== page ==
The fired Ostrom workers were told they could reapply for jobs under the new management. But they would have to fill out new applications, possibly accept different jobs, and sign arbitration agreements that forbade suing the employer or unionizing.
The Windmill and former Ostrom workers, including those now unemployed, pushed ahead with their campaign. Some of the original workers who were rehired complained that they ended up in worse jobs with lower pay.
Under Windmill Farms management, working conditions were still “pretty bad”, according to workers committee leader José Martínez, who had worked at Ostrom for three years. “They want you to go fast” to meet an hourly quota of picking 50 pounds of mushrooms, he told me. “They put you on probation for 90 days. If you don’t make they’re gonna let you go.” The biggest problem, though, is that “there’s no communication with them. Sometimes one supervisor comes and tells you one thing, and then another one comes after and changes the whole thing.” If the company recognizes the union, he said, “everything is gonna be fine.”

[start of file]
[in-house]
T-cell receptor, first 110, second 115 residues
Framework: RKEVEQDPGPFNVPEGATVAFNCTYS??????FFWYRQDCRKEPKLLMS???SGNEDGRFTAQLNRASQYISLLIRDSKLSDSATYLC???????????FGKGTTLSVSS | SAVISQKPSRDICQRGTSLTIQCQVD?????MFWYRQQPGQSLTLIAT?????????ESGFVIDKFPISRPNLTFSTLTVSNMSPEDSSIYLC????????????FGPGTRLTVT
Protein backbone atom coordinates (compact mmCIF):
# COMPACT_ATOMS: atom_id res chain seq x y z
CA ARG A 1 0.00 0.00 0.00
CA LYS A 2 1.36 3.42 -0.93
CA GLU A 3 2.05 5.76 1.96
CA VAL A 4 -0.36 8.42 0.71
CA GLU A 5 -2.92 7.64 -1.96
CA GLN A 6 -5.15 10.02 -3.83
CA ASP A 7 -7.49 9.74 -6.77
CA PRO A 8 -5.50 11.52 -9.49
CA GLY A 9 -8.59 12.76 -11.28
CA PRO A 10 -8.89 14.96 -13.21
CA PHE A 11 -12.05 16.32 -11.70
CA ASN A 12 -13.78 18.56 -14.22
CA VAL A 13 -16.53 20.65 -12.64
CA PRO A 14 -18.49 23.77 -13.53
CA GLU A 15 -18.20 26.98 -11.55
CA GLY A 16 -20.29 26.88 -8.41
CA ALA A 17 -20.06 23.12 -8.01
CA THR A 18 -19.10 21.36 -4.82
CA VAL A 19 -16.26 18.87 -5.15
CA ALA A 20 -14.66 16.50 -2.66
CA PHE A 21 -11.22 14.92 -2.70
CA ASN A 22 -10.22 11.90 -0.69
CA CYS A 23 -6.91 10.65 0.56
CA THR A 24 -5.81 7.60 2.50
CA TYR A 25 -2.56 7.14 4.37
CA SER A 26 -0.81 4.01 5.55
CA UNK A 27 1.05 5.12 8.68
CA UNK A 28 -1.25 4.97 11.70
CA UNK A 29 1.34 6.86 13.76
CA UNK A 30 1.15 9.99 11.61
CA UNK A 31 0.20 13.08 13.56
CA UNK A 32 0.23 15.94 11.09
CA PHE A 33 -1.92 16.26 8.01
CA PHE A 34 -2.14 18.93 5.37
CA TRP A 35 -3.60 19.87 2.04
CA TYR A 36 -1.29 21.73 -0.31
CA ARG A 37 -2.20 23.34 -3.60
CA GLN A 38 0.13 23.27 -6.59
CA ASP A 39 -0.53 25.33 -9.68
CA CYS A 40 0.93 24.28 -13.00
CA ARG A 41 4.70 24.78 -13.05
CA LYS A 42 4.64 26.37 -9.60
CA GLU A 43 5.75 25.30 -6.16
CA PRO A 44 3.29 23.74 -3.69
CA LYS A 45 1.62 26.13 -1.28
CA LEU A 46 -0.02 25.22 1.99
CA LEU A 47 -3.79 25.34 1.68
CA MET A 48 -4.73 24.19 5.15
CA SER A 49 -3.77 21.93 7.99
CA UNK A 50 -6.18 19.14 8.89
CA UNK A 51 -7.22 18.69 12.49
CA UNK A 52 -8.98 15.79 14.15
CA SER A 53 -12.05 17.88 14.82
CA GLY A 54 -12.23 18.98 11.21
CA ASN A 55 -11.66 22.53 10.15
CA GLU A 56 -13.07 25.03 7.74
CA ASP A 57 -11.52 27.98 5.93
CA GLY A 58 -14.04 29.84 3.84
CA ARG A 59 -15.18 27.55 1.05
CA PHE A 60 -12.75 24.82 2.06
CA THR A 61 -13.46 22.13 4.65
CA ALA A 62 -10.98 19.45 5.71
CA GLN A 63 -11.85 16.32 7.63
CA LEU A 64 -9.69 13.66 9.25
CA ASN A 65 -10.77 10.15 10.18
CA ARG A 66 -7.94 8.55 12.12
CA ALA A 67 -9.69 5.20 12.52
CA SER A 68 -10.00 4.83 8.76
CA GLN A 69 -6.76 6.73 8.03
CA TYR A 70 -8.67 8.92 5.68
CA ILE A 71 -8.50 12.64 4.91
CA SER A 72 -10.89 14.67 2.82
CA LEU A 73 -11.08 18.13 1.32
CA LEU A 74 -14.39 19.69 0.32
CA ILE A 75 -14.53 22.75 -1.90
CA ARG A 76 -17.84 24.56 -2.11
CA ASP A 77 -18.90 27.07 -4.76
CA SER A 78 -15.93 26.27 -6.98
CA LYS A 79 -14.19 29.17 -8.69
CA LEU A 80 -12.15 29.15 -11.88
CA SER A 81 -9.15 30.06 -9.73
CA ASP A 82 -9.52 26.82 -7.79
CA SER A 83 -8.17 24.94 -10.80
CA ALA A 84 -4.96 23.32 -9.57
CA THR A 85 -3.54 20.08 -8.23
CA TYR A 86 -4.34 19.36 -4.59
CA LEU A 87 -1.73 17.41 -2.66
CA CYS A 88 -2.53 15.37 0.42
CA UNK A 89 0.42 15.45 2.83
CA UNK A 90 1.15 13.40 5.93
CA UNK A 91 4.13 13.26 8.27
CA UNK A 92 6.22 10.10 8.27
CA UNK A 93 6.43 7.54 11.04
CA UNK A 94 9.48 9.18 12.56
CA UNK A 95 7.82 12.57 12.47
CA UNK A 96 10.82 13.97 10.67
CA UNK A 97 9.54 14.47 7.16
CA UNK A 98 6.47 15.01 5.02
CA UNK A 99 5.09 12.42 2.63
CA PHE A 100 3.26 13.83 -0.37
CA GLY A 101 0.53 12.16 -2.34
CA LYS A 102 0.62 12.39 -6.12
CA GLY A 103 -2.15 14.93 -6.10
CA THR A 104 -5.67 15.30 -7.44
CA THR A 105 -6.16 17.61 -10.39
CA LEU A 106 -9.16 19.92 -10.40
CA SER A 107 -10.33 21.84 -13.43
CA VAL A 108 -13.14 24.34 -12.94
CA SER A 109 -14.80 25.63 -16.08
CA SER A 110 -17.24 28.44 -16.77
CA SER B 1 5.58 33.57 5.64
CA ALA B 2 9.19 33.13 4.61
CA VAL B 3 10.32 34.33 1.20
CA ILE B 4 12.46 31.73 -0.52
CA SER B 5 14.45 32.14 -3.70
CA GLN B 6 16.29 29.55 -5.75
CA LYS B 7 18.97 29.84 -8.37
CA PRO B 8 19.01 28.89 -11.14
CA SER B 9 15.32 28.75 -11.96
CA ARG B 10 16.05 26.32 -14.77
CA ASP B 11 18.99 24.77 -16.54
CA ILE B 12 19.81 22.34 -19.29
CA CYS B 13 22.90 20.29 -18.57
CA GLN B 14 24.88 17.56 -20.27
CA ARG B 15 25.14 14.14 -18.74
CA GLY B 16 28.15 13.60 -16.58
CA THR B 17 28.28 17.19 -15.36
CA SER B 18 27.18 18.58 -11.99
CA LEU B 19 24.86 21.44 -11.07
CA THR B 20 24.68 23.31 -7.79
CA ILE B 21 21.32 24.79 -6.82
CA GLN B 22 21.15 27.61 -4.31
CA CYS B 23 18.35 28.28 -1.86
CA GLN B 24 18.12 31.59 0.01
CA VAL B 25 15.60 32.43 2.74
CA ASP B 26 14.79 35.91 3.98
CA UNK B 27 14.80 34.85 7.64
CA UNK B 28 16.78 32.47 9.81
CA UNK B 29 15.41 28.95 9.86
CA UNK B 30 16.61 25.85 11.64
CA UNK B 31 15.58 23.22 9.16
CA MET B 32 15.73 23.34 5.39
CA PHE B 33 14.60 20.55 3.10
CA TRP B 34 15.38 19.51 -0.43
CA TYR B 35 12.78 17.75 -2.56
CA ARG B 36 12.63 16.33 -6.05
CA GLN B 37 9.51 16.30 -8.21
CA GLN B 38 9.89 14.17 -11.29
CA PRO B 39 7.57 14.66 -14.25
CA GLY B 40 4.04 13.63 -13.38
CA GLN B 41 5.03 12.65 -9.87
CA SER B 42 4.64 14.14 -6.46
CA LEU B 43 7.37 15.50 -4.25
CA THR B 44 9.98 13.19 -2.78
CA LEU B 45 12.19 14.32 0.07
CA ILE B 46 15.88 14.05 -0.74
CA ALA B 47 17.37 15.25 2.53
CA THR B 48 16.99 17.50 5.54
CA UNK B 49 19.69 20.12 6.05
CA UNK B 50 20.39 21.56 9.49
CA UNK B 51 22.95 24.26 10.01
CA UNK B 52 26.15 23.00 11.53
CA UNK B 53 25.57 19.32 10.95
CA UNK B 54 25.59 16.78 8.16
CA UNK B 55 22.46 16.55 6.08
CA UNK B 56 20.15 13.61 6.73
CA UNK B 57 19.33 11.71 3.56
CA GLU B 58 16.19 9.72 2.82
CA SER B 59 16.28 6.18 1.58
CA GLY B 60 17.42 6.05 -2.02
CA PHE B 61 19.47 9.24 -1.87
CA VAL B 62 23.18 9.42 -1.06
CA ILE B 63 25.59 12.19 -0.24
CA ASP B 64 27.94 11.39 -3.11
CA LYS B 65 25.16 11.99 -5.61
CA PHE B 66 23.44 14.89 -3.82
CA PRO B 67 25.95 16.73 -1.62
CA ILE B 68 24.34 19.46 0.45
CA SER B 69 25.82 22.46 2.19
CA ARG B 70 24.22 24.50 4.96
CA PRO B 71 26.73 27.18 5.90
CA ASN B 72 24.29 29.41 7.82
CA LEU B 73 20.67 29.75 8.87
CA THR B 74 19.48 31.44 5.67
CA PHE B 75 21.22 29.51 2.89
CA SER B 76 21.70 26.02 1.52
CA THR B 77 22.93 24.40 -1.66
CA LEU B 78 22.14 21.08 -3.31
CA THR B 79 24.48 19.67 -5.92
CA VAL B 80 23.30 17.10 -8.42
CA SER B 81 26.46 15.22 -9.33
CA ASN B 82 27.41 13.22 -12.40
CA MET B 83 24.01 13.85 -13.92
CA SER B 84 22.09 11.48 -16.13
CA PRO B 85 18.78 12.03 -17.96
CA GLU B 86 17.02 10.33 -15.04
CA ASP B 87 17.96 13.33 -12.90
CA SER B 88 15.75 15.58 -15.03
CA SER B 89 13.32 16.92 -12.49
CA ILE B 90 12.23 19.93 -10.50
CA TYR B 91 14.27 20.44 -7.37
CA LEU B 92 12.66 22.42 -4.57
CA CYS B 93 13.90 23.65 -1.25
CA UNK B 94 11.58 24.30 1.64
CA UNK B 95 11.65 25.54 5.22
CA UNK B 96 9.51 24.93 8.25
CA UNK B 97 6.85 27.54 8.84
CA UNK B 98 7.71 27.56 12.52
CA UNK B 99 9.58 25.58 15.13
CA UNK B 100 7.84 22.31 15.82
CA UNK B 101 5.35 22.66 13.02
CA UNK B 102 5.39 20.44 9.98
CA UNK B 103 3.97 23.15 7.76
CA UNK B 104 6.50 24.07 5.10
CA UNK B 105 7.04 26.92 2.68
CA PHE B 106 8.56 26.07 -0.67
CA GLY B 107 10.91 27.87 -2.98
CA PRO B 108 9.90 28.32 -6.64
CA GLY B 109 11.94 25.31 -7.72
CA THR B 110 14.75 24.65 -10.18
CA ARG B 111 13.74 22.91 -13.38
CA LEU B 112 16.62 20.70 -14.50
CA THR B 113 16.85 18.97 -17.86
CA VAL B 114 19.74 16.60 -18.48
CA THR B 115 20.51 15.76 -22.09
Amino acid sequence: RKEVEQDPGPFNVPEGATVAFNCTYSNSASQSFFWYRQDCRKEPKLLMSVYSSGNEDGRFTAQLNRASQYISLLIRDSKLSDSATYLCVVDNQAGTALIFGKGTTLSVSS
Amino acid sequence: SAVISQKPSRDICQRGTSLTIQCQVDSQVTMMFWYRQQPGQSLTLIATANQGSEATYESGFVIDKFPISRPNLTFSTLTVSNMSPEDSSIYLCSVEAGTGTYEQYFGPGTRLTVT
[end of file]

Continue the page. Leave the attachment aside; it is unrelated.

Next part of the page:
Shortly after the rally, though, Martínez was fired by Windmill, which claimed he wasn’t meeting production demands. But he suspected he may have been fired because of his pro-union activism.
Finally on May 16, the Washington State Attorney General’s Office announced that Ostrom and Greenwood had signed a consent decree. Ostrom agreed to pay $3.4 million into a fund to compensate workers who suffered discrimination or retaliation for reporting it – over 170 may be eligible. In the agreement, Greenwood agreed to discontinue the “unfair and discriminatory employment practices” identified under Ostrom, and established a framework for compliance training and monitoring to prevent future violations.
“Ostrom’s systematic discrimination was calculated to force out female and Washington-based employees,” Ferguson said in a statement. “I want to thank the workers who spoke out against this discrimination in the face of so much danger and stood up for their rights. My team fought for them and today we secured an important victory.”